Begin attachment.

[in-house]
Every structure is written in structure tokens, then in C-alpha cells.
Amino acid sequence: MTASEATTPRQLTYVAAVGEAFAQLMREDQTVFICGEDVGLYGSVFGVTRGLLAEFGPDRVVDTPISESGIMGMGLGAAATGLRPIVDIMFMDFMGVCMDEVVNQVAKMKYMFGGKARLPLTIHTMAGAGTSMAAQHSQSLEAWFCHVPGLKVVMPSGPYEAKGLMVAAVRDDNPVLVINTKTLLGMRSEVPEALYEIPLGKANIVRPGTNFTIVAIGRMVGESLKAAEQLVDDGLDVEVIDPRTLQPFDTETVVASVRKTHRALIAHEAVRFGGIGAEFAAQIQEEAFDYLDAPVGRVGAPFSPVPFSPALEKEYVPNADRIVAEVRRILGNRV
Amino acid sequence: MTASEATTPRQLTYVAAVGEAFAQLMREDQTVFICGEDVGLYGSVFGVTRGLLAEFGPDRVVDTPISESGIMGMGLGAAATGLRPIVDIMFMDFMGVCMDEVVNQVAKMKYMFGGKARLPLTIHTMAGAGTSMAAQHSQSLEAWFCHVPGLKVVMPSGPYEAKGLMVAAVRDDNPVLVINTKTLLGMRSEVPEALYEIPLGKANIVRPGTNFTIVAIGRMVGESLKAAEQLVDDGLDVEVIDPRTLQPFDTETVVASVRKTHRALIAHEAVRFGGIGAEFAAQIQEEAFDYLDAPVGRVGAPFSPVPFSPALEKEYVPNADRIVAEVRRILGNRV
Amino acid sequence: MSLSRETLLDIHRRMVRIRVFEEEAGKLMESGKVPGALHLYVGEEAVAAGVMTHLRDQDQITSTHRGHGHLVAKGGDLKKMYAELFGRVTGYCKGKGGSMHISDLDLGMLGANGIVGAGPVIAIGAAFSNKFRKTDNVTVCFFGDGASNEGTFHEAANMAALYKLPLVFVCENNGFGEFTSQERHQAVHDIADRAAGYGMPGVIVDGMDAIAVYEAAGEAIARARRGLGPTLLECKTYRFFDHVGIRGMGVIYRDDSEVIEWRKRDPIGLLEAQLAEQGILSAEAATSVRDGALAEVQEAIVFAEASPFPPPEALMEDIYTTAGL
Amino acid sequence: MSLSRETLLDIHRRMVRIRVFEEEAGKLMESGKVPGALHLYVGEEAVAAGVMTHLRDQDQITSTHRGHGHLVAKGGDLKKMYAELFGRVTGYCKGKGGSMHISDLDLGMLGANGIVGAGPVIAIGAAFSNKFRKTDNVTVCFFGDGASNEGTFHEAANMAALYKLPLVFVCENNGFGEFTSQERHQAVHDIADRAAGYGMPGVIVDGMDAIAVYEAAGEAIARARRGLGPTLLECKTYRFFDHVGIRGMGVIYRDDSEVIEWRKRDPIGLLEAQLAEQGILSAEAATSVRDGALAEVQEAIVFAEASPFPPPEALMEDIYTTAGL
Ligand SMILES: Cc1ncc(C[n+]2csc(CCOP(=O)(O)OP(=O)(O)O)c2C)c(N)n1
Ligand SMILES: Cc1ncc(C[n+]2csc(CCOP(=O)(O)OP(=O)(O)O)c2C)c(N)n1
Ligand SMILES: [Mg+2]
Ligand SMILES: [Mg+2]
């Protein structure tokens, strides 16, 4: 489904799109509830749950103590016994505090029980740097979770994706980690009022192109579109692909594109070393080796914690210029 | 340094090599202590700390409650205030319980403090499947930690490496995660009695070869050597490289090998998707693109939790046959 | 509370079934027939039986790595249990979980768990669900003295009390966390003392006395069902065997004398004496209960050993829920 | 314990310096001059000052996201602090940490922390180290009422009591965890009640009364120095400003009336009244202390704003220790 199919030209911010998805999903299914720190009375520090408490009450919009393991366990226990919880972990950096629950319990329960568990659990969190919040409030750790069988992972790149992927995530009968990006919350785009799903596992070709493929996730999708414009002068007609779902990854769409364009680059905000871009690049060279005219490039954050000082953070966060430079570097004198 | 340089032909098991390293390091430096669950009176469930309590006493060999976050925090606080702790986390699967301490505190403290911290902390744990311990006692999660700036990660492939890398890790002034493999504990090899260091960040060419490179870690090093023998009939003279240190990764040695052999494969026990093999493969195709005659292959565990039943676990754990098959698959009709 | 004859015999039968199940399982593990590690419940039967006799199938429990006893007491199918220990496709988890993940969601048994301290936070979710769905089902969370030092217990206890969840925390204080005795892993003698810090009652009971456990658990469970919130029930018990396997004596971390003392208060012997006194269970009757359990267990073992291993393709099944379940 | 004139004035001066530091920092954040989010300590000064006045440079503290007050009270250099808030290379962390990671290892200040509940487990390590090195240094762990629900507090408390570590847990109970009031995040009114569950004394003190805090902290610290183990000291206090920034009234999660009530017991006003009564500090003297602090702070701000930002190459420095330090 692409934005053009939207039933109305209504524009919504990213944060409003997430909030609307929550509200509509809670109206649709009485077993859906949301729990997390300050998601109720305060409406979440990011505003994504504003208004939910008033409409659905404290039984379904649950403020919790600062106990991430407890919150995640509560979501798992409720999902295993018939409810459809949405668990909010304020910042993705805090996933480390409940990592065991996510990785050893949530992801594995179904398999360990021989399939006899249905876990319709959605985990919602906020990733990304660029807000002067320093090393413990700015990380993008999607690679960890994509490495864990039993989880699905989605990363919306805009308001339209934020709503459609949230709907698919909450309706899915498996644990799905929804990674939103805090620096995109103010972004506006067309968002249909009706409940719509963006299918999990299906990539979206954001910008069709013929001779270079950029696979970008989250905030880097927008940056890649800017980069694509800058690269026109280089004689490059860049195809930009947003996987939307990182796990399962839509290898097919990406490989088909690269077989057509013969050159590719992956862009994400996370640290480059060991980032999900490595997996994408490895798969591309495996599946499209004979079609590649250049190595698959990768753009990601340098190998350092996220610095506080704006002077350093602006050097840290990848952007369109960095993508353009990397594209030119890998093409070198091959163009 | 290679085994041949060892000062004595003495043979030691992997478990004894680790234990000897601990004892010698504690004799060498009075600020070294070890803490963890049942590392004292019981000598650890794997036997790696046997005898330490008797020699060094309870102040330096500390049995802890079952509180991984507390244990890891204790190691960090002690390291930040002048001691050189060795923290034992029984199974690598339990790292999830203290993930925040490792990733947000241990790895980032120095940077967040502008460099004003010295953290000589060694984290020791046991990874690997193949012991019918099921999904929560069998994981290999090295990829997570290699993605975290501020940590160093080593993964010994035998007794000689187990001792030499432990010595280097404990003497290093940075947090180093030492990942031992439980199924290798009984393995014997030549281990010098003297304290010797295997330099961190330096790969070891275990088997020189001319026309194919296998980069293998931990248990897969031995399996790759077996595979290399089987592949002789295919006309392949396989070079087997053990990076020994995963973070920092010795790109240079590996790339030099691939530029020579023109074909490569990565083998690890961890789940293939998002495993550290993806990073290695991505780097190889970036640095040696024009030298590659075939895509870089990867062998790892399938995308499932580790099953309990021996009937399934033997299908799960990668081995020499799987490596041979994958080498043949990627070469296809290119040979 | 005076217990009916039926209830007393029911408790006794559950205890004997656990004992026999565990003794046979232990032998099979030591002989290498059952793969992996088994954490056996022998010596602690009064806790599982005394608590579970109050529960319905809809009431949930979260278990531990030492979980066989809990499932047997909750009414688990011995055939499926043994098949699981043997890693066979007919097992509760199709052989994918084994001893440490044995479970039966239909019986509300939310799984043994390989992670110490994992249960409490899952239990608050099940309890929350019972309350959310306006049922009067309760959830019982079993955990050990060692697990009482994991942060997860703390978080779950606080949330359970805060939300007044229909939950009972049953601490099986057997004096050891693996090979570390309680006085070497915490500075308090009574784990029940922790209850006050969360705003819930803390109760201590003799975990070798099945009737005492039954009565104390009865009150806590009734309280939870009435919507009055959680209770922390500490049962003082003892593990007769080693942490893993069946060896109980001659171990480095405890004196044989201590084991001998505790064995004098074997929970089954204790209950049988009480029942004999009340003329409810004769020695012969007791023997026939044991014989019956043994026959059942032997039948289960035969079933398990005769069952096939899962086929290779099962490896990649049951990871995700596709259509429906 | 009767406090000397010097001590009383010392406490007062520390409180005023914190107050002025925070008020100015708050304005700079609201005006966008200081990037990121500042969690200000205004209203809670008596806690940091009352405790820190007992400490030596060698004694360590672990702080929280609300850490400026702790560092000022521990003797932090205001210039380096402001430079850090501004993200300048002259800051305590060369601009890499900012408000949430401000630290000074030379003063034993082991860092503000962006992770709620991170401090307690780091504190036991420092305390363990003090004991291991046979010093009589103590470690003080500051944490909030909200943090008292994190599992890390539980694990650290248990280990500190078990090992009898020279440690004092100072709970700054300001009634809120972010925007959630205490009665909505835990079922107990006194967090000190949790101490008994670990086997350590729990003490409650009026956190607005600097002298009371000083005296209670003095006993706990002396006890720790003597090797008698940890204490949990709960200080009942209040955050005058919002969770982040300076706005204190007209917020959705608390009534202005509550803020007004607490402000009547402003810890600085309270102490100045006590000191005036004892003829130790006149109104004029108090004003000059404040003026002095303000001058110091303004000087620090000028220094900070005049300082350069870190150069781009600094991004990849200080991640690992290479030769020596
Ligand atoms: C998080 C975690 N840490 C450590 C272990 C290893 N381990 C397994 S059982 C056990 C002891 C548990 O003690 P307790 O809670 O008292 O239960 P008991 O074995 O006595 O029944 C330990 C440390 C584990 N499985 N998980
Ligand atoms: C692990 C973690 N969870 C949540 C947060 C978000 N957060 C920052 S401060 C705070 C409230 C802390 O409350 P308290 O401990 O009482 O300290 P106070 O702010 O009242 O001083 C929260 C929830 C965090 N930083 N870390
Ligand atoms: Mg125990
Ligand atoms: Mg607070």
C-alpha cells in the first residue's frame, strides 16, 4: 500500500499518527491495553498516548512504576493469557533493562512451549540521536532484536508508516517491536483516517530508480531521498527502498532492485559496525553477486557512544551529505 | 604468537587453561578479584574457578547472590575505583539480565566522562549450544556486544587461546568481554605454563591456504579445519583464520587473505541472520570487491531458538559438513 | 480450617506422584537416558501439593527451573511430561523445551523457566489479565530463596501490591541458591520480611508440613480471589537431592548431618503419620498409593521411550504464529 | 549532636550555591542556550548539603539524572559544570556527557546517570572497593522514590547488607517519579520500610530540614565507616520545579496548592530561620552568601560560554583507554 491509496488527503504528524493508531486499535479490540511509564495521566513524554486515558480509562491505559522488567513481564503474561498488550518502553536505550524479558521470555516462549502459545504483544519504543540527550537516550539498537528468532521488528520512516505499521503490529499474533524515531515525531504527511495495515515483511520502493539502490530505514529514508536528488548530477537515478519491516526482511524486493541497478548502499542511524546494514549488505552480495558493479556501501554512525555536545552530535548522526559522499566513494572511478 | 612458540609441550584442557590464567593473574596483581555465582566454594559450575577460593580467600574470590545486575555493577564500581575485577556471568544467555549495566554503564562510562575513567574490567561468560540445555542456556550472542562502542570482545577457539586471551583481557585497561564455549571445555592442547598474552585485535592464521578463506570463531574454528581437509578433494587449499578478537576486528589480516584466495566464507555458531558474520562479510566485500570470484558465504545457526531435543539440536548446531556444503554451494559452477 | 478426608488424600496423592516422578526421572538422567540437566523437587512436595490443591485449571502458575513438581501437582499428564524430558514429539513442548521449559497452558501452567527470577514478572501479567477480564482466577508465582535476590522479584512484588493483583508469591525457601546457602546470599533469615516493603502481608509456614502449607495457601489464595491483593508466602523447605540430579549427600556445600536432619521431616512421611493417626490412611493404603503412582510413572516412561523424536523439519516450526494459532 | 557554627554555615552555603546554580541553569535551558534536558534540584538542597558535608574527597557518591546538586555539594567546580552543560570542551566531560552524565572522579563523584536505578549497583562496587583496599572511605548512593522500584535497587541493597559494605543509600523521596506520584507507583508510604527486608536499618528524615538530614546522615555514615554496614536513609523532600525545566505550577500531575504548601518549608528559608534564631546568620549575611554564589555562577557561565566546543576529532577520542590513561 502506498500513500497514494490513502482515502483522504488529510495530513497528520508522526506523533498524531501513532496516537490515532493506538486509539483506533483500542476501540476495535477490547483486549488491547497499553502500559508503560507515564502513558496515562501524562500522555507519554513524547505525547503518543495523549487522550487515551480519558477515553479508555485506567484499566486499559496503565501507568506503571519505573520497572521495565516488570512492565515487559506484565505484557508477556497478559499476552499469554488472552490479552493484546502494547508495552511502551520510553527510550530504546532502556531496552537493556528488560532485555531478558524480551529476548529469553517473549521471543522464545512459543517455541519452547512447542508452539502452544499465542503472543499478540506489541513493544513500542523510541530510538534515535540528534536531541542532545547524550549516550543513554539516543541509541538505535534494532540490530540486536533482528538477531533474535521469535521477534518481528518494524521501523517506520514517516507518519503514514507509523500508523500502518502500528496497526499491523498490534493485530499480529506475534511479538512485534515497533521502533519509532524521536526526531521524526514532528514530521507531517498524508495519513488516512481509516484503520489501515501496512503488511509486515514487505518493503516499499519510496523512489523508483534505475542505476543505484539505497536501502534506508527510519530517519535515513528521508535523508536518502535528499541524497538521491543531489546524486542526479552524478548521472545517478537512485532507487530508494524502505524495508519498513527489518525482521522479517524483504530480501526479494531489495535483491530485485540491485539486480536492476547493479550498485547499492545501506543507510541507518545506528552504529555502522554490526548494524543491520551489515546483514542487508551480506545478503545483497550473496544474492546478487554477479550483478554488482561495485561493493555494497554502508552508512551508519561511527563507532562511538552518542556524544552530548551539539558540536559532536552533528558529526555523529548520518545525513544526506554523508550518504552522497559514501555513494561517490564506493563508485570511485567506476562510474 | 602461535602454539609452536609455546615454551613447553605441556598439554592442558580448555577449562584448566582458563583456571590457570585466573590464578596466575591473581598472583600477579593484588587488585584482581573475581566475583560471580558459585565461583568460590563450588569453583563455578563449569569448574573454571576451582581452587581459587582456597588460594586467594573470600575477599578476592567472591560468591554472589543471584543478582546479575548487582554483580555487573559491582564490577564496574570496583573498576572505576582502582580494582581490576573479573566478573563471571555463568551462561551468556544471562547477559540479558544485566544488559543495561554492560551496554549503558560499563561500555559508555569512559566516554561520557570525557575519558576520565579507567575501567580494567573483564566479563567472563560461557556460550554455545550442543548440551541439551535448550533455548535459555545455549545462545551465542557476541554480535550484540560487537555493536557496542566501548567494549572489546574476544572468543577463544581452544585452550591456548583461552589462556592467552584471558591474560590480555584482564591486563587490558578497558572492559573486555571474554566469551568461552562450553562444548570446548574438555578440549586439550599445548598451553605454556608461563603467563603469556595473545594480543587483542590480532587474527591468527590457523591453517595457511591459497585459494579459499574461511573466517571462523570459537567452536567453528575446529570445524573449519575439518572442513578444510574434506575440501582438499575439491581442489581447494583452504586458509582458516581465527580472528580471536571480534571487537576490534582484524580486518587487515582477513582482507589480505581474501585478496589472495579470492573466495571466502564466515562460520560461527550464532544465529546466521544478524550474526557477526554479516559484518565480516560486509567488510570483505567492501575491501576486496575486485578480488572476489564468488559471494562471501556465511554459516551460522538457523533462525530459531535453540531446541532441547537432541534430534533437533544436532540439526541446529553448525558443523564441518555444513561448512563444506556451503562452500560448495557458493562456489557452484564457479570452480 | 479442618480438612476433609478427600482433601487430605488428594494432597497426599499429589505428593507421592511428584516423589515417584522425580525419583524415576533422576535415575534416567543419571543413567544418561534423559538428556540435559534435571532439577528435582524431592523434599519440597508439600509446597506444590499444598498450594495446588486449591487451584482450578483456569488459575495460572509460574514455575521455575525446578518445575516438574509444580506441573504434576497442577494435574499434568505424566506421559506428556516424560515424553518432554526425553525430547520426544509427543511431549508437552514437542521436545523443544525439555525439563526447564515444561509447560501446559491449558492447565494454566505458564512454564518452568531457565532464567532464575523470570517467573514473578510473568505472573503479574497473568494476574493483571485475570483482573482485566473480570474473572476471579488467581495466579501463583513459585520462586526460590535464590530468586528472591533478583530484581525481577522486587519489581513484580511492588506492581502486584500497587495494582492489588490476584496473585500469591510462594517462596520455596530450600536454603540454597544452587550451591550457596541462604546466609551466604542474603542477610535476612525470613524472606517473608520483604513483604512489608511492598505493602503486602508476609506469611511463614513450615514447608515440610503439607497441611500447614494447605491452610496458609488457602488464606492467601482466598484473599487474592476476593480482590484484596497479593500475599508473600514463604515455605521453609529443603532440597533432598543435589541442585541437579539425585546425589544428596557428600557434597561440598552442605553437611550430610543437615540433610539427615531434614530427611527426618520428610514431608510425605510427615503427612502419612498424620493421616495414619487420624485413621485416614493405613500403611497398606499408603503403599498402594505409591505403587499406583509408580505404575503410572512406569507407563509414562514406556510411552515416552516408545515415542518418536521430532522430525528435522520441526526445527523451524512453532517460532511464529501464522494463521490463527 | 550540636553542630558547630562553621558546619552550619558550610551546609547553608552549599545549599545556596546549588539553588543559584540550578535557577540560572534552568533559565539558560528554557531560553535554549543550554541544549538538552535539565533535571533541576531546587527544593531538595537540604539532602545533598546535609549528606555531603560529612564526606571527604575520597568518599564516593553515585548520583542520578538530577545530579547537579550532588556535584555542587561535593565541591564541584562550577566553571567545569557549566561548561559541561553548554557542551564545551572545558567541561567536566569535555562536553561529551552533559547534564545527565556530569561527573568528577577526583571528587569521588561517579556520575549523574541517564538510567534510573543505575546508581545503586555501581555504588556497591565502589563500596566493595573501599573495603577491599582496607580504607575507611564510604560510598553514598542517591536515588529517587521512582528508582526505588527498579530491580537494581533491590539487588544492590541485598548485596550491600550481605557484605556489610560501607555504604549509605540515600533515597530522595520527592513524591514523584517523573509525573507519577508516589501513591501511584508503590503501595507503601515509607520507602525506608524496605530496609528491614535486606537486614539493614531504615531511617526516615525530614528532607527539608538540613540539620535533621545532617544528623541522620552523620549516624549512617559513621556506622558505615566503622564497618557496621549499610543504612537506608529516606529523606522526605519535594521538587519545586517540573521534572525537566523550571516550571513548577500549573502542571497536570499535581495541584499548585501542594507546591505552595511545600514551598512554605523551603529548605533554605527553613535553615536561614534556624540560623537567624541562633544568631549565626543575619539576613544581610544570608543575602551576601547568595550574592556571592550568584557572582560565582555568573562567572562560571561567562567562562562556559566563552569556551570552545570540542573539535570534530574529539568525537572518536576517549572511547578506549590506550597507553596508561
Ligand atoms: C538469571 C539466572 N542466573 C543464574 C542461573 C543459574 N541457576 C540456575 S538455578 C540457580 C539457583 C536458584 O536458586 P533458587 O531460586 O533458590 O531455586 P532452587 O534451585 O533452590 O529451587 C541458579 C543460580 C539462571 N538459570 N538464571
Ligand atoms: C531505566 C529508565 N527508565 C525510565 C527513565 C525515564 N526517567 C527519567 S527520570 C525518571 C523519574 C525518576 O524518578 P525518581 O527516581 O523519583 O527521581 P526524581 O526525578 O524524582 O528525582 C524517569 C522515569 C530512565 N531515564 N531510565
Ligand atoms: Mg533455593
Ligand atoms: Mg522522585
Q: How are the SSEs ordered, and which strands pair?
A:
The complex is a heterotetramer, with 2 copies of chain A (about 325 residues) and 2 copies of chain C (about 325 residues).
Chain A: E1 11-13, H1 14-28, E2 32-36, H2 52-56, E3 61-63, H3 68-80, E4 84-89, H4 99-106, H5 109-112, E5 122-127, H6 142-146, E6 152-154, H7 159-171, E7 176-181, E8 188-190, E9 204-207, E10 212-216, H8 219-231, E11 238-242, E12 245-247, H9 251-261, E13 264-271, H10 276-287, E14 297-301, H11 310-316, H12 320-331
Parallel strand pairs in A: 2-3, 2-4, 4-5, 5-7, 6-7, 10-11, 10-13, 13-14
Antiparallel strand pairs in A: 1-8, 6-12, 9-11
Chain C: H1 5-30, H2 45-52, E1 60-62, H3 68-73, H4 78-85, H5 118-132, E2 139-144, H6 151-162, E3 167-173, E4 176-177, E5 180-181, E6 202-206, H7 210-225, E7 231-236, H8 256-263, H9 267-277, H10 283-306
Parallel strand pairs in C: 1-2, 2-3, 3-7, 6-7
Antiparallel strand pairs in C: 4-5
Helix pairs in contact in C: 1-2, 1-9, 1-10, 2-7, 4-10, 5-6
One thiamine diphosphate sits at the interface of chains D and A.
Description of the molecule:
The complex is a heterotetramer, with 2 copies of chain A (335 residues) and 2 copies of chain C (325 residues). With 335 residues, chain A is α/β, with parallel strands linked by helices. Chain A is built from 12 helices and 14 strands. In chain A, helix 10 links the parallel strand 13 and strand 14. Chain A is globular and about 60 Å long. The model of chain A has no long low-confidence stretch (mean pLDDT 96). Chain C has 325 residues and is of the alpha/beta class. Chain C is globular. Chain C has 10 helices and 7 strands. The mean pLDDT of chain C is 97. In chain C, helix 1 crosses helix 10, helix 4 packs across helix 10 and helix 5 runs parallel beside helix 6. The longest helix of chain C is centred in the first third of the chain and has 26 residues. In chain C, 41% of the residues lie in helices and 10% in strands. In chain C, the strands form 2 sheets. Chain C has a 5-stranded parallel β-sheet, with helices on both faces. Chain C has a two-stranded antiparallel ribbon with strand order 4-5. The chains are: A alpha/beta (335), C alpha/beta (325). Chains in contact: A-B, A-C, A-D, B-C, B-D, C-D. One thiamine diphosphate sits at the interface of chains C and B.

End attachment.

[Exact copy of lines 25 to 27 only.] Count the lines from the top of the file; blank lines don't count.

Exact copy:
Parallel strand pairs in A: 2-3, 2-4, 4-5, 5-7, 6-7, 10-11, 10-13, 13-14
Antiparallel strand pairs in A: 1-8, 6-12, 9-11
Chain C: H1 5-30, H2 45-52, E1 60-62, H3 68-73, H4 78-85, H5 118-132, E2 139-144, H6 151-162, E3 167-173, E4 176-177, E5 180-181, E6 202-206, H7 210-225, E7 231-236, H8 256-263, H9 267-277, H10 283-306